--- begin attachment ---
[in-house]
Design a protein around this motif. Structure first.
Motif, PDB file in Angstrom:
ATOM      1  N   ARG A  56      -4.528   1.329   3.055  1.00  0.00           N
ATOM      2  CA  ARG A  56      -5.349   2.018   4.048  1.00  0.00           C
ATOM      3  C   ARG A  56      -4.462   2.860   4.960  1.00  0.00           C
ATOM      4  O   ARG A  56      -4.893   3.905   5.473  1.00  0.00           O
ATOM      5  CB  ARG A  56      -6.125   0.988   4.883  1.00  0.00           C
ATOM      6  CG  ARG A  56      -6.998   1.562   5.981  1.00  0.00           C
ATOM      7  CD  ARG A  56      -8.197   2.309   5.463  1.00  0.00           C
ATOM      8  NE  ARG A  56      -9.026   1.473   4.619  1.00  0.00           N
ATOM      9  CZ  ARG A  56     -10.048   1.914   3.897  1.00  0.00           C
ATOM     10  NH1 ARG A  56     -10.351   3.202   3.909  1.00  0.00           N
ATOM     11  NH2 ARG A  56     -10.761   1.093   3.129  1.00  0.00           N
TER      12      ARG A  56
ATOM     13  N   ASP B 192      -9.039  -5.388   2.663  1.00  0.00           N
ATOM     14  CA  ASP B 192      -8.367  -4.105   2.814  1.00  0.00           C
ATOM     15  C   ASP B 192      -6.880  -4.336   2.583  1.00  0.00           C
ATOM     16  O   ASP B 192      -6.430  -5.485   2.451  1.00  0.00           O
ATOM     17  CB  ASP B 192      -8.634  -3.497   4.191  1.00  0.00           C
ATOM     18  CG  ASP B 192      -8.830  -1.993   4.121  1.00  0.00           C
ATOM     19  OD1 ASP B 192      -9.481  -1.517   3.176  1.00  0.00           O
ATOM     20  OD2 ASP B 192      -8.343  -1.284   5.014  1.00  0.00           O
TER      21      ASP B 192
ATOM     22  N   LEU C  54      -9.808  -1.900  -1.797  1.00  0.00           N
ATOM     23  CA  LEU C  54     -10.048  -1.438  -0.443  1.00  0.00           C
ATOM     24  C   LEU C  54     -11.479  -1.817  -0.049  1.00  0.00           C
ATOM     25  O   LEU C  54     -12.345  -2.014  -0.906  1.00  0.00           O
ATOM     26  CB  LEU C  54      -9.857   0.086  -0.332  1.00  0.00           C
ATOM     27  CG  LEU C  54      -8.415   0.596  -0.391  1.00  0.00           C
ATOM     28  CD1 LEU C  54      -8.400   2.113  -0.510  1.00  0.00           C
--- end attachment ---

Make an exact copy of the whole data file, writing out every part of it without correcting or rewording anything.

[in-house]
Design a protein around this motif. Structure first.
Motif, PDB file in Angstrom:
ATOM      1  N   ARG A  56      -4.528   1.329   3.055  1.00  0.00           N
ATOM      2  CA  ARG A  56      -5.349   2.018   4.048  1.00  0.00           C
ATOM      3  C   ARG A  56      -4.462   2.860   4.960  1.00  0.00           C
ATOM      4  O   ARG A  56      -4.893   3.905   5.473  1.00  0.00           O
ATOM      5  CB  ARG A  56      -6.125   0.988   4.883  1.00  0.00           C
ATOM      6  CG  ARG A  56      -6.998   1.562   5.981  1.00  0.00           C
ATOM      7  CD  ARG A  56      -8.197   2.309   5.463  1.00  0.00           C
ATOM      8  NE  ARG A  56      -9.026   1.473   4.619  1.00  0.00           N
ATOM      9  CZ  ARG A  56     -10.048   1.914   3.897  1.00  0.00           C
ATOM     10  NH1 ARG A  56     -10.351   3.202   3.909  1.00  0.00           N
ATOM     11  NH2 ARG A  56     -10.761   1.093   3.129  1.00  0.00           N
TER      12      ARG A  56
ATOM     13  N   ASP B 192      -9.039  -5.388   2.663  1.00  0.00           N
ATOM     14  CA  ASP B 192      -8.367  -4.105   2.814  1.00  0.00           C
ATOM     15  C   ASP B 192      -6.880  -4.336   2.583  1.00  0.00           C
ATOM     16  O   ASP B 192      -6.430  -5.485   2.451  1.00  0.00           O
ATOM     17  CB  ASP B 192      -8.634  -3.497   4.191  1.00  0.00           C
ATOM     18  CG  ASP B 192      -8.830  -1.993   4.121  1.00  0.00           C
ATOM     19  OD1 ASP B 192      -9.481  -1.517   3.176  1.00  0.00           O
ATOM     20  OD2 ASP B 192      -8.343  -1.284   5.014  1.00  0.00           O
TER      21      ASP B 192
ATOM     22  N   LEU C  54      -9.808  -1.900  -1.797  1.00  0.00           N
ATOM     23  CA  LEU C  54     -10.048  -1.438  -0.443  1.00  0.00           C
ATOM     24  C   LEU C  54     -11.479  -1.817  -0.049  1.00  0.00           C
ATOM     25  O   LEU C  54     -12.345  -2.014  -0.906  1.00  0.00           O
ATOM     26  CB  LEU C  54      -9.857   0.086  -0.332  1.00  0.00           C
ATOM     27  CG  LEU C  54      -8.415   0.596  -0.391  1.00  0.00           C
ATOM     28  CD1 LEU C  54      -8.400   2.113  -0.510  1.00  0.00           C